I’ve lived a varied life as a designer, writer, photographer – and for the last decade, as a teacher. I’ve traveled extensively, which is reflected in my personal work over the years. Bicycling, like walking, is to me a better way to explore my world. Travel by planes, trains, and automobiles leaves me with the feeling of a tenuous connection – at best – to places and people and events. Too, the mode of two-wheeled transportation has a magnetic pull on me; the simplicity and elegance of bicycle mechanics and mechanisms reminds me of the journey… and for me, the journey begins long before I pedal out of the driveway.

14 thoughts on “About

  1. Ray Jaegers says:

    Hey, fellow Bike Forums member here. Just checked out your site, very nice job. You mentioned powdercoating on your site, Have you ever used Groody Bros.? I see their ads on Craigslist from time-to-time and their work looks great. I’m considering having a bike powdercoated and was interested in whether you had first-hand knowledge of their work.


    • I love to ride and I love steel road bikes. Writing this blog is a natural extension of those interests and I enjoy this opportunity to share my experiences and to communicate with like minded souls. I’m glad you found this helpful, and that HLE frame bike your getting started on yourself should turn out to be a pretty great project. All the best!

  2. I have a Katakura Silk I bought in Japan – 1973 I believe. I have been thinking of restoring it for years and your site has given me inspiration to actually do it. The frame is painted silver with chrome on the lugs and dropouts. There is corrosion on the chrome areas. Ideas on what might be done?

    • Good morning, Henry. First, let me say that I’d love to see photographs of your Katakura Silk!

      Often, what we see as “corrosion” over chromed areas is actually a grungy build up of surface crud. Begin with a gentle cleaning of the tubes, taking care where the chrome and paint meet – paint often easily scratches where it is applied over chrome. I use a soft cotton towel, warm water, and Dawn dishwashing soap. Avoid the temptation to work the surface aggressively, but apply firm pressure to remove anything that will loosen up. Dry the chromed tubes and inspect. The more stubborn areas of surface crud can now be more easily seen. At this stage I will use brass wool (steel wool may actually scratch the chrome, and brass is soft enough to do the job without damaging the surface of the tubing.) Where possible, use circular motions and firm pressure. You may find it helpful to moisten the surface of the tubes with WD-40. WD-40 is not, as many believe, a lubricant. It’s a solvent and excellent cleaner though, and works well in this situation. An alternative measure is to crumble aluminum foil into a small ball, spray the area to be cleaned with WD-40, and use the foil in place of brass wool. In either event, the tubes will usually turn black as you work the area – don’t be alarmed, this is telling you that you’re making progress. Use a clean, dry, soft towel or paper towel to wipe away the black residue as you work. Follow this process carefully and I think you’ll be very pleased at how much shine will be regained!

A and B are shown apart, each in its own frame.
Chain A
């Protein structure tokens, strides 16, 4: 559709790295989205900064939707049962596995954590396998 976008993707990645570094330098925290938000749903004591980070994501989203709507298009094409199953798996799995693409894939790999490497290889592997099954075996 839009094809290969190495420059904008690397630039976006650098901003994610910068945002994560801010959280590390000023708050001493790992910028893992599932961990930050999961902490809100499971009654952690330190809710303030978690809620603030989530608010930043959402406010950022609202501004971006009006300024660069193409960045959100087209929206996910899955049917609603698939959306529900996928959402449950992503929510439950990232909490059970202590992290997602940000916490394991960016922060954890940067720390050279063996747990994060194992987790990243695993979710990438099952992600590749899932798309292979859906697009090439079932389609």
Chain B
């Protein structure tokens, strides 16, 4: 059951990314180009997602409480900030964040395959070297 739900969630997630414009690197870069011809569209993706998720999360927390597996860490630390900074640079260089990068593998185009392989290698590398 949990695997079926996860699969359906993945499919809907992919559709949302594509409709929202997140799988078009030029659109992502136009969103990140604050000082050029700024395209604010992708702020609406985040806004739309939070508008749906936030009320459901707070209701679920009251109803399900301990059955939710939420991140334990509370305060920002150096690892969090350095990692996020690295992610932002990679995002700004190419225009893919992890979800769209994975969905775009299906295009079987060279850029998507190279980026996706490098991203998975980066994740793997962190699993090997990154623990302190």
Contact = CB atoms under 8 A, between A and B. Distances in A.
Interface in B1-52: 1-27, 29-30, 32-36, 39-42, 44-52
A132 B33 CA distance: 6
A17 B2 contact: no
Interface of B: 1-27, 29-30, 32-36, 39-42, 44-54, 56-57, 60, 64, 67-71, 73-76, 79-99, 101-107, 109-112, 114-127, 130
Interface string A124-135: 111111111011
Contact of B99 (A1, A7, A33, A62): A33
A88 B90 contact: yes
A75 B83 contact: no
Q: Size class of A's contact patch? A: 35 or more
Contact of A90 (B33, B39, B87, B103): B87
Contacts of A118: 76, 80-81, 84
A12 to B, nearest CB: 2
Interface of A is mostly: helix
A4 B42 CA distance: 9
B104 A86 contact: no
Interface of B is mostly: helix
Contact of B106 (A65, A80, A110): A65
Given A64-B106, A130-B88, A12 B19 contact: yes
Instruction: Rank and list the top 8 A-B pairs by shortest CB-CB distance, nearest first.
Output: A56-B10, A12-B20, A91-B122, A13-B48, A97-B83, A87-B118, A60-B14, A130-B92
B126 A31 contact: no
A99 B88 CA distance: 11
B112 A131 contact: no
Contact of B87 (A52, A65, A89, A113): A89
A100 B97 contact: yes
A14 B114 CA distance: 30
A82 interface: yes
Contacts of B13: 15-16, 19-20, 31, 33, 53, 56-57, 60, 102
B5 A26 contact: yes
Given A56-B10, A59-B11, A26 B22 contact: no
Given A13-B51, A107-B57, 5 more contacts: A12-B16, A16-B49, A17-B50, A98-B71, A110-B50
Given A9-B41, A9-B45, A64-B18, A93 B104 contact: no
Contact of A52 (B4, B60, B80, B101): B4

Have a merry Christmas!

      • Thank you very much for your tips on how to proceed.

        Somehow I missed your reply, as I have been checking on your site regularly. Finally saw it this morning – so a belated Happy New Year.

        Glad to send photos, just not sure how to attach them to a reply. If you could provide an email link in a private message to my email?

        I have already started a “do over” of my old bike. The frame has had some components removed for cleaning. I’ve even gone so far as to put the Handlebars ( complete with its Bar Con shifters) and center pull brakes on a newer Schwin (1992 ) frame temporarily just to have a semi vintage ride. I have been off bikes since knee surgery went bad in 05 but a recent procedure seems to be working and bike riding is one of my therapy’s. I must say this thing feels very uncomfortable, added incentive to get the Silk together again as I have fond memories, including a trip the day I bought the bike from Yakota AFB to the Imperial Palace in Tokyo. Nearly did me in.

        I am in the currently frigid south near a small Town called Pelzer in South Carolina. Where do you call home?

        If interested, I can also get together a list of the components that came with my bike. All of these are original except the seat, which was changed out long ago.

      • Henry, I sent contact information to your email address. If you’d be willing to share, I’d love to add your bike and story to The Early Morning Cyclist.

        In answer to your other question, we’re enjoying a “school closing day” this morning in the Kansas City, Missouri area as we ride out the first winter weather watch of 2018. Yesterday Mother Nature teased us by throwing in a day of 56 degree temps just to divide up the previous weeks of zero and sub-zero weather from the forecast of similarly dismal crud over the next several days. That allowed me the opportunity to get off the damn indoor trainer and get outside. I go just a little stir crazy this time of year!

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